Japanese FM: It’s time to deepen cooperation

Japanese FM: It’s time to deepen cooperation
Опубликовано: Wednesday, 05 April 2023 04:49

Japan is determined to take the lead in maintaining and strengthening the free and open international order.


Yoshimasa Hayashi is the minister for foreign affairs of Japan.

The security of Europe and that of the Indo-Pacific region can no longer be discussed separately — that was my main message when I attended the NATO ministerial meeting last year for the first time as Japanese foreign minister.

Today’s complex and severe international security environment requires like-minded partners to intensify cooperation. This perception is widely shared among NATO members and partner countries, and cooperation has remarkably deepened throughout the past year.

NATO Secretary-General Jens Stoltenberg visited Japan this January, where we shared views on the security environment in the Indo-Pacific and reaffirmed the need for like-minded countries to take united action — this includes our response to Russia’s aggression against Ukraine, the most deplorable example of a unilateral attempt to change the status quo by force. We also discussed the future of Japan-NATO cooperation, and expressed our strong determination to elevate the Japan-NATO relationship to a new height in a joint statement.

Japan and NATO are currently in the process of formulating the Individually Tailored Partnership Program. And through this program, Japan intends to significantly strengthen its cooperation with NATO in many new areas, such as cybersecurity, outer space, disinformation and critical and emerging technologies, in addition to traditional areas of cooperation.

The Japan-NATO relationship has already proven its value by making steady progress in various fields. For example, following the earthquakes that occurred in southeastern Türkiye, Japan’s Self-Defense Forces dispatched aircraft to participate in a NATO-led airlift operation for disaster relief for the first time in history. It was a landmark moment, which demonstrated a new stage in the evolution of our cooperation.

Meanwhile, Japan and NATO have also opened a new chapter in our support for Ukraine.

Japan has so far announced support for Ukraine and its neighboring countries totaling approximately $7.6 billion. During his recent visit to Ukraine in March, Japanese Prime Minister Fumio Kishida told Ukrainian President Volodymyr Zelenskyy that Japan had also decided to contribute $30 million to NATO’s Comprehensive Assistance Package Trust Fund to provide non-lethal equipment and supplies to Ukraine.

Unilateral attempts to change the status quo by force, such as Russia’s aggression against Ukraine will never be tolerated anywhere in the world. As such, it is crucial that NATO members and partner countries, including Japan, maintain their unity in supporting Ukraine, while implementing strict sanctions against Russia. This is essential to both end Russia’s aggression and deter similar attempts from happening in other parts of the world.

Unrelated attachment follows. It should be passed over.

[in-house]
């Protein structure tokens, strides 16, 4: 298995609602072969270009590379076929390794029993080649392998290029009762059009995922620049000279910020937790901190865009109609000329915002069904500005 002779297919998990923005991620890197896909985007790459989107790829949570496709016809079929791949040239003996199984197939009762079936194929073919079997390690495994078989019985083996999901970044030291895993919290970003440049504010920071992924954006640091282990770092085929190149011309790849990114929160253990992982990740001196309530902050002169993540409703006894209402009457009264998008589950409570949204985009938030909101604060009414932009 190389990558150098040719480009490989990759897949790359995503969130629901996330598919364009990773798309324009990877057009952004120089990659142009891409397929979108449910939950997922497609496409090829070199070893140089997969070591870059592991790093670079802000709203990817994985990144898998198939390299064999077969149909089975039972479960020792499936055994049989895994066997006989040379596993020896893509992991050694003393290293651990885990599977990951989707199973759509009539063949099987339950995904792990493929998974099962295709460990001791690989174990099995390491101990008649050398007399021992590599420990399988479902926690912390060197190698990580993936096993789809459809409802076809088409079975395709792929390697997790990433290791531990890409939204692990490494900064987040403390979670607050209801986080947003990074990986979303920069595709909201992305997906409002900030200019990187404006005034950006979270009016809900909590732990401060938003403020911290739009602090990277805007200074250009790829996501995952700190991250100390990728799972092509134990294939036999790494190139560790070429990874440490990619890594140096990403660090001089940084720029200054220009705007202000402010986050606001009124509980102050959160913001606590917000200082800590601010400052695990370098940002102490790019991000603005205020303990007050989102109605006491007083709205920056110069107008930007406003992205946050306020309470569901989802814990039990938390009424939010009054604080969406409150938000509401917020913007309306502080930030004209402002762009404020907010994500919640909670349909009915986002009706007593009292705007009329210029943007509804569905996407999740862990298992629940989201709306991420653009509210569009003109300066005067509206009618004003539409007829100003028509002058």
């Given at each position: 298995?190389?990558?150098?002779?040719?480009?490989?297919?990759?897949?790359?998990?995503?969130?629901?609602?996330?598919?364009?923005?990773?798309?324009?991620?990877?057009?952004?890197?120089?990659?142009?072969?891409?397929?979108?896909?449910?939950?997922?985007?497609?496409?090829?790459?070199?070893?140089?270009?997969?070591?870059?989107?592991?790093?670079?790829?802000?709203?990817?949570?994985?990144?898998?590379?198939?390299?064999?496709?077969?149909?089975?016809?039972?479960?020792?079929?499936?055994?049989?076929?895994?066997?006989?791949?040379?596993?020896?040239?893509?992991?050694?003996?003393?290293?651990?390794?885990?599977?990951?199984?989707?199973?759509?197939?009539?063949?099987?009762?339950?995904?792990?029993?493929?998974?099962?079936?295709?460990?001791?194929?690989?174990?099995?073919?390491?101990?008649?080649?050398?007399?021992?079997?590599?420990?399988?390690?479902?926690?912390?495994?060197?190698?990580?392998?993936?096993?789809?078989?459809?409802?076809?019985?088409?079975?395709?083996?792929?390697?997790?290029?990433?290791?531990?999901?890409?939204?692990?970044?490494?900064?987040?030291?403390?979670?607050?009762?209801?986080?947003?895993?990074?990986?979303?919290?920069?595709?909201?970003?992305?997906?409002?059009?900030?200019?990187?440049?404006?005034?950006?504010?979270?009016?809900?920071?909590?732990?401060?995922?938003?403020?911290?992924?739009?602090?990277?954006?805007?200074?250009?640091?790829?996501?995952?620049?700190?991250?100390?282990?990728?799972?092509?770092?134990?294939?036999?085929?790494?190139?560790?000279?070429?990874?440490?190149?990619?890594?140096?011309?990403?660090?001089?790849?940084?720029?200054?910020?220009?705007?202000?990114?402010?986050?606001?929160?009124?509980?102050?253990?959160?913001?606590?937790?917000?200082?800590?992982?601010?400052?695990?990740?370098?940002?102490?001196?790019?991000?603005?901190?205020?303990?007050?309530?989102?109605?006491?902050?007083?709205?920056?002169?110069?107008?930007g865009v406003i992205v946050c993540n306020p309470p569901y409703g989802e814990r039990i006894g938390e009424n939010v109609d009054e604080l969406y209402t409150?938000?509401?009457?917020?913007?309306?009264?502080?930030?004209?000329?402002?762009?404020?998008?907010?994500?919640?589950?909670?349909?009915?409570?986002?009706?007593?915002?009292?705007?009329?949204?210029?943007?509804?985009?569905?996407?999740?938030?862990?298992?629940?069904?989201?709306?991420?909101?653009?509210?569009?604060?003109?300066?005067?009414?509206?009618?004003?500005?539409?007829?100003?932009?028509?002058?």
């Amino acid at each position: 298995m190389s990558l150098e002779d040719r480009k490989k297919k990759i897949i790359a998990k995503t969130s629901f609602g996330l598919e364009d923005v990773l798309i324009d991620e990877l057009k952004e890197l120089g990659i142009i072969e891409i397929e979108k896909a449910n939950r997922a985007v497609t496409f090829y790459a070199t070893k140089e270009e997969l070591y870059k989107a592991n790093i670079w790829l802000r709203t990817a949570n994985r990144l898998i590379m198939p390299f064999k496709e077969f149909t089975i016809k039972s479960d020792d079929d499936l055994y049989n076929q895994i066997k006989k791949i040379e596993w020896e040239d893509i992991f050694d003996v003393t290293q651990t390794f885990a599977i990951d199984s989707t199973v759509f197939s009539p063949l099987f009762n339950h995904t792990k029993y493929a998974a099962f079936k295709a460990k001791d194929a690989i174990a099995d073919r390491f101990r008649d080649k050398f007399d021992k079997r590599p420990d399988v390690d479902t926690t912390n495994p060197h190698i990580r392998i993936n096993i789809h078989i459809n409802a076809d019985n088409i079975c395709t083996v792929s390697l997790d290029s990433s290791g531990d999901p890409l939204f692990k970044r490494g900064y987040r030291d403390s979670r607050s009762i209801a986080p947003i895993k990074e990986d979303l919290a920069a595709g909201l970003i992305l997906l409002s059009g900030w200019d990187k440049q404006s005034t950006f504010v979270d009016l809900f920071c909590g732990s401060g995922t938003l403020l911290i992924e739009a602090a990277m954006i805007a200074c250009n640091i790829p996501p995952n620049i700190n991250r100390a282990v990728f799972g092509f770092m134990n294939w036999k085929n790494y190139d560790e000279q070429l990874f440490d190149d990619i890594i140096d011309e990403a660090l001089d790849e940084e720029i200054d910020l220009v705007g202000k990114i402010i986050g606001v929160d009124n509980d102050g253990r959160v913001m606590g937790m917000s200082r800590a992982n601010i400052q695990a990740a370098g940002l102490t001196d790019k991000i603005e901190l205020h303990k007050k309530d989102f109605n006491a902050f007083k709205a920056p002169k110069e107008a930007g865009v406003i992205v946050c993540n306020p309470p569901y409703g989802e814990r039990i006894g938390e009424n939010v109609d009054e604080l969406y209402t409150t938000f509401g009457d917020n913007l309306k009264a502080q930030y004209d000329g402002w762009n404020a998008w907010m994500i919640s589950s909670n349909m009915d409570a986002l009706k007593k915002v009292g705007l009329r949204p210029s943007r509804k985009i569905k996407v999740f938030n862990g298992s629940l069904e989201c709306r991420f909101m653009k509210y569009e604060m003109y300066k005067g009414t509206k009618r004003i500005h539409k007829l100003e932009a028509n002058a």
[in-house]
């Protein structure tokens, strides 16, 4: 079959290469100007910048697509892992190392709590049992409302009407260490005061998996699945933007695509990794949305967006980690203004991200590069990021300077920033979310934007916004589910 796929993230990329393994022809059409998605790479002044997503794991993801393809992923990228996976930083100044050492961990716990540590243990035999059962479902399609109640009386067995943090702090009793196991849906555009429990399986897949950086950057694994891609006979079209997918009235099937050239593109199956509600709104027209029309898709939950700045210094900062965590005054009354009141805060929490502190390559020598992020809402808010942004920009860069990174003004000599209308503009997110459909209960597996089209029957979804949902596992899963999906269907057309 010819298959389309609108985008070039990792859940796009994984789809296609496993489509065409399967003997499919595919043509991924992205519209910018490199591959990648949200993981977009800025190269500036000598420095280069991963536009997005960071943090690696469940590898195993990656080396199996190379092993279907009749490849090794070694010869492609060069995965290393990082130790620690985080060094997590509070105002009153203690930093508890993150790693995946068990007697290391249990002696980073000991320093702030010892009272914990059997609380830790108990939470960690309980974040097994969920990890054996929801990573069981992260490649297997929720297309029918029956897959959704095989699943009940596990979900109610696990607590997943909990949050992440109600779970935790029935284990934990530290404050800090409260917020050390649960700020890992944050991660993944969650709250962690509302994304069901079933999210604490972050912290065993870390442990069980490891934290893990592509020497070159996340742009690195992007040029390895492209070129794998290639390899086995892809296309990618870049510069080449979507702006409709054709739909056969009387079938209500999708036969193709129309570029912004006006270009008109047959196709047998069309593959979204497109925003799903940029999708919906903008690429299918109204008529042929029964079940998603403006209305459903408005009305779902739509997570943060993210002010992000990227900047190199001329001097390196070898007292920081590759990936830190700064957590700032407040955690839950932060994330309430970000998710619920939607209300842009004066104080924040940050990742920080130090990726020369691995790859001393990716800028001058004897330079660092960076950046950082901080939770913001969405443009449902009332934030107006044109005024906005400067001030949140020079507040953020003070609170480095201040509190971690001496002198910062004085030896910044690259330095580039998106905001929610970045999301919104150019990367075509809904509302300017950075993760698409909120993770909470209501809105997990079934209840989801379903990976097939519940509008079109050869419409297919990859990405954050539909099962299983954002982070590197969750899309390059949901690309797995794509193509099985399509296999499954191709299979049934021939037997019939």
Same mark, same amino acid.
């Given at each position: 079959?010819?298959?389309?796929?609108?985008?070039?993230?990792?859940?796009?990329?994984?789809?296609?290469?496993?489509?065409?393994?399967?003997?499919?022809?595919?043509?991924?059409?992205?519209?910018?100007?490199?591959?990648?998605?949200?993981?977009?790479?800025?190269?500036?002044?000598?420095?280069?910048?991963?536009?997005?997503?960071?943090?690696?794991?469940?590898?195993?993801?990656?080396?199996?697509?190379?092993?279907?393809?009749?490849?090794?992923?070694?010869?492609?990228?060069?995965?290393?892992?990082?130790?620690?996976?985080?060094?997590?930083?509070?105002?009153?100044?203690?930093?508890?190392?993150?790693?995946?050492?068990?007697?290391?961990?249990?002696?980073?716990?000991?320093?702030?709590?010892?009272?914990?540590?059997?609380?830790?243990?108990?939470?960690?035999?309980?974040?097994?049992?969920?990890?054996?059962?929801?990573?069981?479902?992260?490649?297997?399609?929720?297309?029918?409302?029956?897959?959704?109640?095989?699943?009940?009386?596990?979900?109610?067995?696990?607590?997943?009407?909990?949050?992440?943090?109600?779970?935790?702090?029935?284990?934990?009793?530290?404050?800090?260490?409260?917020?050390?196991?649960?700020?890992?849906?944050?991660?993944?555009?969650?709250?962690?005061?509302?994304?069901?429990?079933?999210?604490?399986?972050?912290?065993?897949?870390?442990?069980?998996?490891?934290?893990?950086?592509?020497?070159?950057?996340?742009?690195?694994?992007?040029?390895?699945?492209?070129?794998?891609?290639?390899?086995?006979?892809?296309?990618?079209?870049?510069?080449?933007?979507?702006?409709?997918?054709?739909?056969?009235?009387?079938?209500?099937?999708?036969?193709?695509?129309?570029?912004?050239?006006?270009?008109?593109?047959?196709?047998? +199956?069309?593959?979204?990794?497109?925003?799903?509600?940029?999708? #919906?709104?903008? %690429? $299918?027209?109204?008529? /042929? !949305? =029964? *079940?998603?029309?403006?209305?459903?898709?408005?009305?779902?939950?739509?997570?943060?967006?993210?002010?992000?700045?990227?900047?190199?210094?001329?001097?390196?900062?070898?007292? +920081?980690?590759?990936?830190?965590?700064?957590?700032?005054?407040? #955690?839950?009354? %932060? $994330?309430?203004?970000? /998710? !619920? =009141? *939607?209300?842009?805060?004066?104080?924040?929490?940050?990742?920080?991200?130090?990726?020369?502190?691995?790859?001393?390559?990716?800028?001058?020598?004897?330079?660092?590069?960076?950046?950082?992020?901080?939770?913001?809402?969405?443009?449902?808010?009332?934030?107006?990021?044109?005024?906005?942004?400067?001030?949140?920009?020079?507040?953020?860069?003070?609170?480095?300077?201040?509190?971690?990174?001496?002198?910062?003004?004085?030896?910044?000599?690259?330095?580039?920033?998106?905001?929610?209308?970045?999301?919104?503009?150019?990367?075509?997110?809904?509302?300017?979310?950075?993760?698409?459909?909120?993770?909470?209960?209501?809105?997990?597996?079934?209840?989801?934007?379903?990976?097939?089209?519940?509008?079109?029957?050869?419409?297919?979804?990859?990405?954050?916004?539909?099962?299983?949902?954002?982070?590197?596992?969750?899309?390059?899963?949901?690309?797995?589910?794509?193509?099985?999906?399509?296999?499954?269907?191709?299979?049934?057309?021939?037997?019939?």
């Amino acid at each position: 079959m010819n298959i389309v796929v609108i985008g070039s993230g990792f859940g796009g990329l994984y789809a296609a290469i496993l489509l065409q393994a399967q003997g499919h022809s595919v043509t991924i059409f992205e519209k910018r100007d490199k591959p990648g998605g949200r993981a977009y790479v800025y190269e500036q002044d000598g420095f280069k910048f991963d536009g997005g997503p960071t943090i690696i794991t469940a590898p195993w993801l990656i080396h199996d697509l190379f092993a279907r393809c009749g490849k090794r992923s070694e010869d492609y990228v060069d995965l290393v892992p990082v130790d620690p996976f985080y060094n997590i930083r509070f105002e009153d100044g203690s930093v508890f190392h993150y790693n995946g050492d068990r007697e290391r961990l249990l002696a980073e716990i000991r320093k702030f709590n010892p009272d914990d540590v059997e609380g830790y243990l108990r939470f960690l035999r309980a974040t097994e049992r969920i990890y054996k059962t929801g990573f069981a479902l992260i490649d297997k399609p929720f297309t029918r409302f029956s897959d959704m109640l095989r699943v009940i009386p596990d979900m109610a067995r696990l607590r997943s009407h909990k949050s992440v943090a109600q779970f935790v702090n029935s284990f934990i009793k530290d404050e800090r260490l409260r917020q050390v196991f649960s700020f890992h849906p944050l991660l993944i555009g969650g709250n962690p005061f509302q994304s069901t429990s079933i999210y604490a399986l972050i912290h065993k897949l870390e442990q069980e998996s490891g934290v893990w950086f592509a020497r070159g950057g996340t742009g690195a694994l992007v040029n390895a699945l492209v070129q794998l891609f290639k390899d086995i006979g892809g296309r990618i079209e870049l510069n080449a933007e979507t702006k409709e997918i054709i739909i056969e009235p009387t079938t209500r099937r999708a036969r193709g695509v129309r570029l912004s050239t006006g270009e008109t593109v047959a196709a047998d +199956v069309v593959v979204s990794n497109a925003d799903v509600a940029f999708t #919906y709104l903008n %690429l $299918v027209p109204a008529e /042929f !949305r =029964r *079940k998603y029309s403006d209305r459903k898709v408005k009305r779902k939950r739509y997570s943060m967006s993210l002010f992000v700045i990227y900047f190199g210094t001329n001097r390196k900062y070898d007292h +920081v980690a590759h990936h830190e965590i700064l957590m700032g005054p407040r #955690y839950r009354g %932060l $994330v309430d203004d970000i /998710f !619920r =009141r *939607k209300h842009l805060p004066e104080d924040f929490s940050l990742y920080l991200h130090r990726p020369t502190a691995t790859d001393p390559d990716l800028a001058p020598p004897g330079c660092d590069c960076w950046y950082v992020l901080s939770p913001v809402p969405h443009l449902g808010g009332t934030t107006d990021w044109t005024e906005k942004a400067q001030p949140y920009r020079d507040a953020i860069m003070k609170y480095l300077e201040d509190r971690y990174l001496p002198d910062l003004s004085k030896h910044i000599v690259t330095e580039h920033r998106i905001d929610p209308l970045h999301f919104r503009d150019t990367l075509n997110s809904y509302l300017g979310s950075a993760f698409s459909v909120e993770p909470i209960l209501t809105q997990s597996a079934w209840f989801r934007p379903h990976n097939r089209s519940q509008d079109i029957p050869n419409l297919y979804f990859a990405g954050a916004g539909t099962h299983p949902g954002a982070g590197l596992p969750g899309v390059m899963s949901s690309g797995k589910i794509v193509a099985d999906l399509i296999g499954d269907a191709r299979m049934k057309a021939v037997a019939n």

Turning to the Indo-Pacific, unilateral attempts to change the status quo by force are continuing in the East and South China Seas, and military activities around Japan are intensifying. In addition, North Korea is escalating its provocations by launching ballistic missiles with an unprecedented frequency.

In response to what is the most complex and severe security environment since the end of World War II, Japan formulated a new National Security Strategy last December, which clearly states that Japan will fundamentally reinforce its defense capabilities and strengthen cooperation with NATO and other like-minded countries, in order to shore up and defend the free and open international order based on the rule of law.

Prime Minister Kishida recently announced Japan’s New Plan for a “Free and Open Indo-Pacific” as well. And in the plan, he articulated Japan’s vision, which emphasizes principles like the rule of law and inclusiveness — principles that have become even more relevant in leading the international community from division and confrontation to cooperation at a historical turning point.

NATO Secretary-General Jens Stoltenberg visited Japan in January 2023 | Kenzo Tribouillard/AFP via Getty Images

These efforts cannot be made by Japan alone, and we welcome the enhanced engagement of NATO, its members and partner countries in the Indo-Pacific.

As Japan takes on the G7 presidency this year, our country is determined to take the lead in maintaining and strengthening the free and open international order based on the rule of law. I look forward to working in lockstep with NATO, its member countries and partners to continue promoting peace and prosperity in the world.

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